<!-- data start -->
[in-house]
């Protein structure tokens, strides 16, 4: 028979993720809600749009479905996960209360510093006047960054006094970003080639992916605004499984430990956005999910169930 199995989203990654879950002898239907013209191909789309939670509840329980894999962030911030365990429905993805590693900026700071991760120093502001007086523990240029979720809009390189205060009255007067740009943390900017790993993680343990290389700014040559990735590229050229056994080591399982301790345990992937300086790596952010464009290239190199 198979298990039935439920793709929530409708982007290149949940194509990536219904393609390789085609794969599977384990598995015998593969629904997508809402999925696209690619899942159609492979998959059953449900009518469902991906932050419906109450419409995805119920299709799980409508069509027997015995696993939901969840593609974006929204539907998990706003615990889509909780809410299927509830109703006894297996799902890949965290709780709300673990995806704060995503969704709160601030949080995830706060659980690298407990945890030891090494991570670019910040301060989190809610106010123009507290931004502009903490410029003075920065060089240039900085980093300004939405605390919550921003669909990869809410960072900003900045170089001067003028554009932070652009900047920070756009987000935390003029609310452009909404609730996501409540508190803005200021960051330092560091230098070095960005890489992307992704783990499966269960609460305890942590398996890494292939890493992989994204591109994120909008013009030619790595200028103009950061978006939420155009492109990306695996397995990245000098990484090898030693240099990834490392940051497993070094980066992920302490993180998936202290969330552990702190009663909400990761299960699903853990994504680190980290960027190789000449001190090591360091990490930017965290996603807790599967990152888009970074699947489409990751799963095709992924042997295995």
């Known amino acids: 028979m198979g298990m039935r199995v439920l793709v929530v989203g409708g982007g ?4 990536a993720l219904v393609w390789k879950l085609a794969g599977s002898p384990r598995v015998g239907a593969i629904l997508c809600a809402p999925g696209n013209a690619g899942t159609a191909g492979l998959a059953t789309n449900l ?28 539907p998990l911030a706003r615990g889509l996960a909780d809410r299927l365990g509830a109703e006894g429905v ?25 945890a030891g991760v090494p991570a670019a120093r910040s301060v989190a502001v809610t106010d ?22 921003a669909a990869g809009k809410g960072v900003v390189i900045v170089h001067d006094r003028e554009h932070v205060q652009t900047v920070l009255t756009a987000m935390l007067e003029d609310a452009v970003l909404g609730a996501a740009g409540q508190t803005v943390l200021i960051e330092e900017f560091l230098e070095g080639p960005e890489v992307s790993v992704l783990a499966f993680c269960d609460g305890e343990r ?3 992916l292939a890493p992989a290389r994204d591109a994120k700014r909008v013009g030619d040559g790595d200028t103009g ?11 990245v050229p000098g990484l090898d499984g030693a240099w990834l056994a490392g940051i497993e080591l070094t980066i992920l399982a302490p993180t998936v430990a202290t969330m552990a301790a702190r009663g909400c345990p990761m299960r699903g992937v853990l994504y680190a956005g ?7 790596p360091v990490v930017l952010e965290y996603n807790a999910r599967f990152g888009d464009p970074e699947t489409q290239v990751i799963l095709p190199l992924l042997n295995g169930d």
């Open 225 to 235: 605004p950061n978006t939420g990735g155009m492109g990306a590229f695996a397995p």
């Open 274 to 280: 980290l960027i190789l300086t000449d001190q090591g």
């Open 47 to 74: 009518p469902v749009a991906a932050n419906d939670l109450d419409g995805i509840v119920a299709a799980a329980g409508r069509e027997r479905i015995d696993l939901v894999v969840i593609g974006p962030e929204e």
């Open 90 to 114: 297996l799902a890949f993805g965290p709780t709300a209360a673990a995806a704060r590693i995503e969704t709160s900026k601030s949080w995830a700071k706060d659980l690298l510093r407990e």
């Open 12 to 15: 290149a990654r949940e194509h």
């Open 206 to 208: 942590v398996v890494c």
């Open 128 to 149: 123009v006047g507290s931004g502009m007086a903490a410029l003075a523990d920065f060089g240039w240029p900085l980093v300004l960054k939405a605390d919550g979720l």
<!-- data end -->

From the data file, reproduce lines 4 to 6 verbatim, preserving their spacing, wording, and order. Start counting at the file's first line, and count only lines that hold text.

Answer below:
């Open 225 to 235: 605004p950061n978006t939420g990735g155009m492109g990306a590229f695996a397995p």
């Open 274 to 280: 980290l960027i190789l300086t000449d001190q090591g």
């Open 47 to 74: 009518p469902v749009a991906a932050n419906d939670l109450d419409g995805i509840v119920a299709a799980a329980g409508r069509e027997r479905i015995d696993l939901v894999v969840i593609g974006p962030e929204e």